If there is uncleared snow and ice on the roads leave the bike at home unless you have mounted a sidecar.



Go shopping for outerwear at the snowmobile store. If you dress properly, layers, layers, layers, topped with windproof waterproof nylon outer wear you will be warm. All weather touring jackets and pants work really well too. I am assuming you are wearing a full face helmet, you should also have a scarf or even a neckerchief to cover the area of your neck between helmet and collar.



If you are dressed warmly enough, you won't need electric grip heaters. When your body gets cold, it pulls circulation from your hands and feet, and that is why they get cold. The next step is hypothermia. The initial stages of hypothermia is you get stupid, it's like being over tired or impaired by recreational substances. So cold hands and feet are your first warning signs that you are losing too much body heat and need to do something about it. You lose the most heat from your head, so wearing a hat keeps your hands warm. I find that a good full face helmet does the job, but face shield fogging is a problem I have not solved yet. Goose down vests are great for keeping warm as well. Look after keeping your head chest and knees etc. out the wind, wind chill is the enemy, keeping your speed down help too.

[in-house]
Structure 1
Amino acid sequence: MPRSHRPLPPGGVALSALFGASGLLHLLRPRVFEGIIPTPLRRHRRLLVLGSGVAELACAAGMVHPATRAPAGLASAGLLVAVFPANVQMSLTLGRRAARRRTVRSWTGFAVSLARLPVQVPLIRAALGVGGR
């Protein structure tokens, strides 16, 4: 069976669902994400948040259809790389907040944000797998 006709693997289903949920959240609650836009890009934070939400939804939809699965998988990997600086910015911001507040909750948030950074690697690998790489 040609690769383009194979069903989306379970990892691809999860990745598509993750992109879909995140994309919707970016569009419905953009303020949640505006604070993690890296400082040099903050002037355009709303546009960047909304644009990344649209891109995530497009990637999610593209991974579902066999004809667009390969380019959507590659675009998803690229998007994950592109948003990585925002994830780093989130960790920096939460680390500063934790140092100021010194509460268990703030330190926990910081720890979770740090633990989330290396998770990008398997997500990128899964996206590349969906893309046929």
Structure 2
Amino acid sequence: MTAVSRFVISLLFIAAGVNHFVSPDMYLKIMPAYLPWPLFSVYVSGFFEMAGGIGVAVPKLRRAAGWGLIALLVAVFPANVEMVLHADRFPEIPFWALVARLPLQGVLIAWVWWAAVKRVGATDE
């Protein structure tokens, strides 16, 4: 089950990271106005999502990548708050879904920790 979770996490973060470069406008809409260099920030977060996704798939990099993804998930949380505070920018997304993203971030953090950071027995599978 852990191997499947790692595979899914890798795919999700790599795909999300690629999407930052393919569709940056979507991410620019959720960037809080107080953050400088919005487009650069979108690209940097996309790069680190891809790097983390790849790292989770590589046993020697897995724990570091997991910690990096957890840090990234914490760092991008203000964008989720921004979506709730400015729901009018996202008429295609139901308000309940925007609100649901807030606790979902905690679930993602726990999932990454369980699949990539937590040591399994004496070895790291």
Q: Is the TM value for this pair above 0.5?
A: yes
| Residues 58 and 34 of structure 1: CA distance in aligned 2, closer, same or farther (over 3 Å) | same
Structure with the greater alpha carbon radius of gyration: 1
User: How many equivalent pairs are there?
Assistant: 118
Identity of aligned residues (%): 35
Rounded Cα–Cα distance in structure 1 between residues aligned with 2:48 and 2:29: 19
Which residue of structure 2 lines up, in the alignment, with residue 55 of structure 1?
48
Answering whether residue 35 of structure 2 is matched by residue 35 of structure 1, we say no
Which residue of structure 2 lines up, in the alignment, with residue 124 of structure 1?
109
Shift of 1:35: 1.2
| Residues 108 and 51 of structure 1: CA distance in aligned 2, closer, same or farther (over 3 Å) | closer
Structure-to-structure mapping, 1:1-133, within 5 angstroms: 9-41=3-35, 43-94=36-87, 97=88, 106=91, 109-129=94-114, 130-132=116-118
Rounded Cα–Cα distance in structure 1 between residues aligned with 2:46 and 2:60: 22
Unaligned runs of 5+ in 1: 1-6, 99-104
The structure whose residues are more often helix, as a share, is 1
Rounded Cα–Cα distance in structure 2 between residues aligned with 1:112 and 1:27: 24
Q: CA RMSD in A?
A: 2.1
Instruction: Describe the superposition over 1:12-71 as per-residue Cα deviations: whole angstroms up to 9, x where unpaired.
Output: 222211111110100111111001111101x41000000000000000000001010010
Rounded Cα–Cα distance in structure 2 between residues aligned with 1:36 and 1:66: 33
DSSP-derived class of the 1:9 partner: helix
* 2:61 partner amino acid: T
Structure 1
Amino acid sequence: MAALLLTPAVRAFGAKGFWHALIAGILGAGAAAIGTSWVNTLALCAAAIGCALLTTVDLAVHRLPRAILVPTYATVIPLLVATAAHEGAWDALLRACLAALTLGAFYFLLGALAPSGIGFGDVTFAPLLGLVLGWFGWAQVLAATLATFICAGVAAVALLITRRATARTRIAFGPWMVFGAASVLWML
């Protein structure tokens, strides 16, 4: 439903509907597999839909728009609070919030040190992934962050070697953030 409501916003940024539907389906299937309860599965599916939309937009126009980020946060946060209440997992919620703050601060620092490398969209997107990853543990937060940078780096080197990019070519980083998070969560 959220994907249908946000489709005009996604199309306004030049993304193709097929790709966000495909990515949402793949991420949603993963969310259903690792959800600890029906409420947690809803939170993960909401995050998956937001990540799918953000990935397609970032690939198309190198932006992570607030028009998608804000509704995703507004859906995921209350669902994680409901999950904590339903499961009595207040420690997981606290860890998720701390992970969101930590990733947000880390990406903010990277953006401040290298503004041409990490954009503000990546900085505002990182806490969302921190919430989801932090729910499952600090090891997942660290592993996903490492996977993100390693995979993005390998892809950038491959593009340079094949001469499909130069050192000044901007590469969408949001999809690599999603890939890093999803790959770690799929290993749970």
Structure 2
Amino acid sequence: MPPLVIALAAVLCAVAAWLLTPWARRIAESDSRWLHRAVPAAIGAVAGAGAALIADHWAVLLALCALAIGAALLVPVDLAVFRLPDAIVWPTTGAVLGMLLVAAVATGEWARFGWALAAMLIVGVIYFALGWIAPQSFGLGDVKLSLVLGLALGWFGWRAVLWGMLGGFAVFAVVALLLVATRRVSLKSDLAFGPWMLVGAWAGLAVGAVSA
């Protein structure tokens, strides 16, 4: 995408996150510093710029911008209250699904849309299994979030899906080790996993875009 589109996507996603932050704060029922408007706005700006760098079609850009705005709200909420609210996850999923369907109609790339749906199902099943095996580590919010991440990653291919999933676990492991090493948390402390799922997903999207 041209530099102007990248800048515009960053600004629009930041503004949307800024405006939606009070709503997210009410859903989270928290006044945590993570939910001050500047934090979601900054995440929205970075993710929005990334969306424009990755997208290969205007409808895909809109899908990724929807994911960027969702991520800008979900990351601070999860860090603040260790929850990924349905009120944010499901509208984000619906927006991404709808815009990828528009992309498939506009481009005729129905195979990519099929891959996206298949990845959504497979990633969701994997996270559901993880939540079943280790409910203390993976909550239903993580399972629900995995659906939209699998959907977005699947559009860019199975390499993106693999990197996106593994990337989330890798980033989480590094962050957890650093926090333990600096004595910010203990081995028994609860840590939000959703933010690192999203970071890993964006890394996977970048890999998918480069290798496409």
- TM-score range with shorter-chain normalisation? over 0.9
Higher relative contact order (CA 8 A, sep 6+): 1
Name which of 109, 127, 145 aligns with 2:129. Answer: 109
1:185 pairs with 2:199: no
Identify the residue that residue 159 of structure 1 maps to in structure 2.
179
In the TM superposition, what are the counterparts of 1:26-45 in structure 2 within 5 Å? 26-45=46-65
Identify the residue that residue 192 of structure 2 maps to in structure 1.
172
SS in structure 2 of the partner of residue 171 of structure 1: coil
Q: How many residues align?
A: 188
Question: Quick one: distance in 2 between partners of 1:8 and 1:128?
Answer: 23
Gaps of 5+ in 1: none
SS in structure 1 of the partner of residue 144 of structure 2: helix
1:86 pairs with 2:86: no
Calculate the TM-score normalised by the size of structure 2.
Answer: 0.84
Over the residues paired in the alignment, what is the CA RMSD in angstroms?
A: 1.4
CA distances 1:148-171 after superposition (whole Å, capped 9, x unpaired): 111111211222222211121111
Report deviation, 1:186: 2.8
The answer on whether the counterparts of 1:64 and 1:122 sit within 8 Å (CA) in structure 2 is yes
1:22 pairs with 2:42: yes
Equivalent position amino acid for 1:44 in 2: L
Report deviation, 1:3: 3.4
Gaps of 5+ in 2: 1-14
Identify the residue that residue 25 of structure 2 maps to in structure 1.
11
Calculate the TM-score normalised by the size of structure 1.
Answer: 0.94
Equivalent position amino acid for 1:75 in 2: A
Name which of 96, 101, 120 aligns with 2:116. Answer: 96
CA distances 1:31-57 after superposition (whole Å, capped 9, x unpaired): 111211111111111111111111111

Finally if they use salt or other corrosive crap to melt snow, make sure you wash your bike lots.
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Old 10-22-2006, 05:19 AM   #34
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Default Re: Winter Tires - MOronic Advice?

I don't agree. I've been riding year round for 15 years now, and I dropped my GS550E on ice in '88.